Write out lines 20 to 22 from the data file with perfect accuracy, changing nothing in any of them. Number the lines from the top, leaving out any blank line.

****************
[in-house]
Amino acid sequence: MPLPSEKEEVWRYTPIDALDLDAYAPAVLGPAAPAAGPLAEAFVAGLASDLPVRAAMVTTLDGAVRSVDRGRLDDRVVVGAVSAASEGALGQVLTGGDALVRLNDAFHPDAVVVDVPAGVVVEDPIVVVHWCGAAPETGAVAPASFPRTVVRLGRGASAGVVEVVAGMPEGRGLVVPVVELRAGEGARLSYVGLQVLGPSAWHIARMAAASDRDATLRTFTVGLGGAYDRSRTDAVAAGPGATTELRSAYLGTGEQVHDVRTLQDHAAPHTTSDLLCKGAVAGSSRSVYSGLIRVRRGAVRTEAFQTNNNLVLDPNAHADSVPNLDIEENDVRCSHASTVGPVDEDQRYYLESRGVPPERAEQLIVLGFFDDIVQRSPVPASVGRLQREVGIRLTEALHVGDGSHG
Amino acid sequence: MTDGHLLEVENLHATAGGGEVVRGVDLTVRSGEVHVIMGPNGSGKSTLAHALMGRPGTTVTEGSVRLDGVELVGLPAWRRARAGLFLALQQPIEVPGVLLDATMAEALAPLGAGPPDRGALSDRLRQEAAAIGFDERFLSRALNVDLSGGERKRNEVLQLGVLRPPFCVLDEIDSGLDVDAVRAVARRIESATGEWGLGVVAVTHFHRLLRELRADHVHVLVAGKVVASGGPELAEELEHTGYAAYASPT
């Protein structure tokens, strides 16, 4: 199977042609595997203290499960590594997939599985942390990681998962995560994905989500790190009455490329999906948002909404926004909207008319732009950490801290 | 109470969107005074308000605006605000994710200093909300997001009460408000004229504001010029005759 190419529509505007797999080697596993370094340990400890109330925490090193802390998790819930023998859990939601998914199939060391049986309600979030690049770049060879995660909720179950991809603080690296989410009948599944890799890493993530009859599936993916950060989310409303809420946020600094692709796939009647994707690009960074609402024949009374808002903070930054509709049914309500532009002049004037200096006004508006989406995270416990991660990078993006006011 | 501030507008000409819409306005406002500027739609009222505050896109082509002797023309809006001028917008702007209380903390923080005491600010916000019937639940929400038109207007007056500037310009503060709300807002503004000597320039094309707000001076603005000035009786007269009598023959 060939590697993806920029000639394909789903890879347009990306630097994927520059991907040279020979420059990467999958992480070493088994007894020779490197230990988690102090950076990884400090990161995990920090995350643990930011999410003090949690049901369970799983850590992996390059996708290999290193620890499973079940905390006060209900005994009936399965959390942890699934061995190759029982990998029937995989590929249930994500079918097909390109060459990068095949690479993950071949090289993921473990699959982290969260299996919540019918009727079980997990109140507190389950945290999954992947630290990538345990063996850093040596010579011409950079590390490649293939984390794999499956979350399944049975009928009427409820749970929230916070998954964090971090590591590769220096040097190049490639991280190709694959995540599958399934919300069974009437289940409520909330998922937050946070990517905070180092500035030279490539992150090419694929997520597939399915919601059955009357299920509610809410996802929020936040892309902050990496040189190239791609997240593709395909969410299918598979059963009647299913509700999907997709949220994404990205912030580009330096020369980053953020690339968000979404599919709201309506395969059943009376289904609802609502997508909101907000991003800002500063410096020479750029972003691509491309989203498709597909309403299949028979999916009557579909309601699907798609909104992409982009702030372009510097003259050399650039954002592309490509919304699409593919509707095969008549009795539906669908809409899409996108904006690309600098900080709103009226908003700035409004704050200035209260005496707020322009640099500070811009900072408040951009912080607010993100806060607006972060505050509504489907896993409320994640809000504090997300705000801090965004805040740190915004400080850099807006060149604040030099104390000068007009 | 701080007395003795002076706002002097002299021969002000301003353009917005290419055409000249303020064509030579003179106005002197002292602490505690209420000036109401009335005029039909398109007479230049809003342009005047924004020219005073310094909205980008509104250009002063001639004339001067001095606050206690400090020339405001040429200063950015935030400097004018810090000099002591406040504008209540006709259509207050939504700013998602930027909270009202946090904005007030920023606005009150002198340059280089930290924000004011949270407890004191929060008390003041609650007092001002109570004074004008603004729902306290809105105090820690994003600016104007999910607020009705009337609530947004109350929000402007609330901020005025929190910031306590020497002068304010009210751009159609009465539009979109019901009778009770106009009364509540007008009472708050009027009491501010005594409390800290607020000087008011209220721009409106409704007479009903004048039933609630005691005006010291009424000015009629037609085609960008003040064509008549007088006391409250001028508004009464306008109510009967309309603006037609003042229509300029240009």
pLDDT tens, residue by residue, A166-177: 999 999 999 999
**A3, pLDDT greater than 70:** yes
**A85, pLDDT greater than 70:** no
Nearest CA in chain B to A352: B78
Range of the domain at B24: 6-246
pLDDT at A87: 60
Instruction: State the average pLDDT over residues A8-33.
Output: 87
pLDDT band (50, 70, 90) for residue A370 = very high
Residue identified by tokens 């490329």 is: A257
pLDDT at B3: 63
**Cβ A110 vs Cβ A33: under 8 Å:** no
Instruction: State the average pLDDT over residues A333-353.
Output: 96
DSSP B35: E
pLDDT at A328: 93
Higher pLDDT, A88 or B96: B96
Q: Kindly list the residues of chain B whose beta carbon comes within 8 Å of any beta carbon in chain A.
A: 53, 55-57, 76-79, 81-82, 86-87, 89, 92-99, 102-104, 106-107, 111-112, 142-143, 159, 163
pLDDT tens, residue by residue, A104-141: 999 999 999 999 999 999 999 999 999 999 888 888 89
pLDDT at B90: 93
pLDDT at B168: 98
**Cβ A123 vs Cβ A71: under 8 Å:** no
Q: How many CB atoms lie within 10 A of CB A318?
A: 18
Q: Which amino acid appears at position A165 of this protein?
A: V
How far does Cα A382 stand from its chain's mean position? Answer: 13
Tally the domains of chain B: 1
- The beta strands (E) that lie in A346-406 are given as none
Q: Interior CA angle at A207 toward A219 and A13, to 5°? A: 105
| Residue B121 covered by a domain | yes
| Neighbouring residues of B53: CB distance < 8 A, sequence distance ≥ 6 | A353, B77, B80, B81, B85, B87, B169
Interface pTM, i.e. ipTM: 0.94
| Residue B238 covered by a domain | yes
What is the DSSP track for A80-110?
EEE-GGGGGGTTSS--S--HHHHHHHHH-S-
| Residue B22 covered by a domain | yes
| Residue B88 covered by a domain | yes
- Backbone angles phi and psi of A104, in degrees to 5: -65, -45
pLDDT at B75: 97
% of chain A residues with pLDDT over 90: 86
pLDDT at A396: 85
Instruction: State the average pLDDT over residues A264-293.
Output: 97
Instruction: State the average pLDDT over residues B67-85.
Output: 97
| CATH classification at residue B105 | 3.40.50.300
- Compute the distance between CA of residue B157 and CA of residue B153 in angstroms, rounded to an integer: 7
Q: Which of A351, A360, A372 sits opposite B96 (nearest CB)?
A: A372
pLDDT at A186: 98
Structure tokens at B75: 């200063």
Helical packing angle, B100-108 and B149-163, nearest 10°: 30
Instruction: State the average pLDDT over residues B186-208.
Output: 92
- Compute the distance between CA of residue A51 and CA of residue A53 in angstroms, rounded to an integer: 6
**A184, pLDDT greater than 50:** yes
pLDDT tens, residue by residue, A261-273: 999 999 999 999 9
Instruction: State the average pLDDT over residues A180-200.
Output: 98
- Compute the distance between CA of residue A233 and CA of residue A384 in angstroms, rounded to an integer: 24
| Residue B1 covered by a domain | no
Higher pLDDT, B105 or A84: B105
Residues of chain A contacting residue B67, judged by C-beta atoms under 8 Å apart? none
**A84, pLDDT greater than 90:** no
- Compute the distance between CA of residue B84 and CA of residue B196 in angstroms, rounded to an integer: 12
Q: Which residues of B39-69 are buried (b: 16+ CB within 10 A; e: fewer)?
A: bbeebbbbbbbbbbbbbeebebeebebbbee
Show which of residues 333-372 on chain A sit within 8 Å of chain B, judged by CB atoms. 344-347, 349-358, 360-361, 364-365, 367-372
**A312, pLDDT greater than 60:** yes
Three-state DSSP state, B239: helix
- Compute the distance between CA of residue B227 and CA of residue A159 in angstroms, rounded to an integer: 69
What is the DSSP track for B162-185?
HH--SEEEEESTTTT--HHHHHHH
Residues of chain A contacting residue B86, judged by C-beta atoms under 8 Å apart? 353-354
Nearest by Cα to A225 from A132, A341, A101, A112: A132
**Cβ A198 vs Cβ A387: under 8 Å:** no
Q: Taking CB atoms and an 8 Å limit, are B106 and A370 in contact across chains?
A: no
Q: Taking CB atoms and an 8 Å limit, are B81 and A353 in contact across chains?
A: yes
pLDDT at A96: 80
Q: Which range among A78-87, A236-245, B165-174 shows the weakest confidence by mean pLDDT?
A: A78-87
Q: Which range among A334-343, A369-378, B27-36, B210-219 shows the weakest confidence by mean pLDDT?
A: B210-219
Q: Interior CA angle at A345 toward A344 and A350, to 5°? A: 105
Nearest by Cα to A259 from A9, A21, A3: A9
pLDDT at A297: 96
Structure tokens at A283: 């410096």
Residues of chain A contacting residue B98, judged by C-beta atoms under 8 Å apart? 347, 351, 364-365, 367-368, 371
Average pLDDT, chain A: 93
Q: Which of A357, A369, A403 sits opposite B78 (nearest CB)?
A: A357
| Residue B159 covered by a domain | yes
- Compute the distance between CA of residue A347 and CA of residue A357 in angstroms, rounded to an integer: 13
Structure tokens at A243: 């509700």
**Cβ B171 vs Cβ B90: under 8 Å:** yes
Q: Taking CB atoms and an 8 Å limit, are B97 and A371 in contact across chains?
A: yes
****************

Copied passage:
pLDDT at A328: 93
Higher pLDDT, A88 or B96: B96
Q: Kindly list the residues of chain B whose beta carbon comes within 8 Å of any beta carbon in chain A.